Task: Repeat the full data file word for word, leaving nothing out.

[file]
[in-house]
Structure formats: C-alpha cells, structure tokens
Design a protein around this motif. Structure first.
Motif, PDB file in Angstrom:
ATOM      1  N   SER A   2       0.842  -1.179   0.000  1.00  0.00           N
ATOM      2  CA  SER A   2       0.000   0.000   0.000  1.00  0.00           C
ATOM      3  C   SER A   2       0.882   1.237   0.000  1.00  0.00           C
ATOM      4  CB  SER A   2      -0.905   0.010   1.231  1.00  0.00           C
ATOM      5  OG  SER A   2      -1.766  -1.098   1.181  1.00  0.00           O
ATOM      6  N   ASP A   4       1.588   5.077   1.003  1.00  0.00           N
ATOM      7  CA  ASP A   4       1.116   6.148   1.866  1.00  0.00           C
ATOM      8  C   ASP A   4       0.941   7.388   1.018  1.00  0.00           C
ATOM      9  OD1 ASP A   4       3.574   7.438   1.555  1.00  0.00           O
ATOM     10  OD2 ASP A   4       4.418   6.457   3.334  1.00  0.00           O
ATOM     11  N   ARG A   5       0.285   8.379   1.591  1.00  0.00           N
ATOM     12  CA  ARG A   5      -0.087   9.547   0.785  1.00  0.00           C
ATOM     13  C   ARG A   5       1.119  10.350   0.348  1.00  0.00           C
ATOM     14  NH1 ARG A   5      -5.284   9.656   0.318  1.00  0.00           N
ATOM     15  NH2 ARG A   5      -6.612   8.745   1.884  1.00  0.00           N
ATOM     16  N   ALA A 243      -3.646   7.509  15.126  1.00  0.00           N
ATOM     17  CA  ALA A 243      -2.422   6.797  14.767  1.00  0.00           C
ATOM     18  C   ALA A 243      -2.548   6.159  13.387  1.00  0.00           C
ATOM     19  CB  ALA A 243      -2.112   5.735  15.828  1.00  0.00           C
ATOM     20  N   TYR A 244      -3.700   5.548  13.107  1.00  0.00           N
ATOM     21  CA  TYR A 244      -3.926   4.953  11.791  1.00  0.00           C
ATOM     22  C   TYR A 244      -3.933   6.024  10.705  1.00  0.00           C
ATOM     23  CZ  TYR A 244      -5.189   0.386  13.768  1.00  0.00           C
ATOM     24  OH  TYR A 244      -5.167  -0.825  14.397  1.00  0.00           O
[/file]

[in-house]
Structure formats: C-alpha cells, structure tokens
Design a protein around this motif. Structure first.
Motif, PDB file in Angstrom:
ATOM      1  N   SER A   2       0.842  -1.179   0.000  1.00  0.00           N
ATOM      2  CA  SER A   2       0.000   0.000   0.000  1.00  0.00           C
ATOM      3  C   SER A   2       0.882   1.237   0.000  1.00  0.00           C
ATOM      4  CB  SER A   2      -0.905   0.010   1.231  1.00  0.00           C
ATOM      5  OG  SER A   2      -1.766  -1.098   1.181  1.00  0.00           O
ATOM      6  N   ASP A   4       1.588   5.077   1.003  1.00  0.00           N
ATOM      7  CA  ASP A   4       1.116   6.148   1.866  1.00  0.00           C
ATOM      8  C   ASP A   4       0.941   7.388   1.018  1.00  0.00           C
ATOM      9  OD1 ASP A   4       3.574   7.438   1.555  1.00  0.00           O
ATOM     10  OD2 ASP A   4       4.418   6.457   3.334  1.00  0.00           O
ATOM     11  N   ARG A   5       0.285   8.379   1.591  1.00  0.00           N
ATOM     12  CA  ARG A   5      -0.087   9.547   0.785  1.00  0.00           C
ATOM     13  C   ARG A   5       1.119  10.350   0.348  1.00  0.00           C
ATOM     14  NH1 ARG A   5      -5.284   9.656   0.318  1.00  0.00           N
ATOM     15  NH2 ARG A   5      -6.612   8.745   1.884  1.00  0.00           N
ATOM     16  N   ALA A 243      -3.646   7.509  15.126  1.00  0.00           N
ATOM     17  CA  ALA A 243      -2.422   6.797  14.767  1.00  0.00           C
ATOM     18  C   ALA A 243      -2.548   6.159  13.387  1.00  0.00           C
ATOM     19  CB  ALA A 243      -2.112   5.735  15.828  1.00  0.00           C
ATOM     20  N   TYR A 244      -3.700   5.548  13.107  1.00  0.00           N
ATOM     21  CA  TYR A 244      -3.926   4.953  11.791  1.00  0.00           C
ATOM     22  C   TYR A 244      -3.933   6.024  10.705  1.00  0.00           C
ATOM     23  CZ  TYR A 244      -5.189   0.386  13.768  1.00  0.00           C
ATOM     24  OH  TYR A 244      -5.167  -0.825  14.397  1.00  0.00           O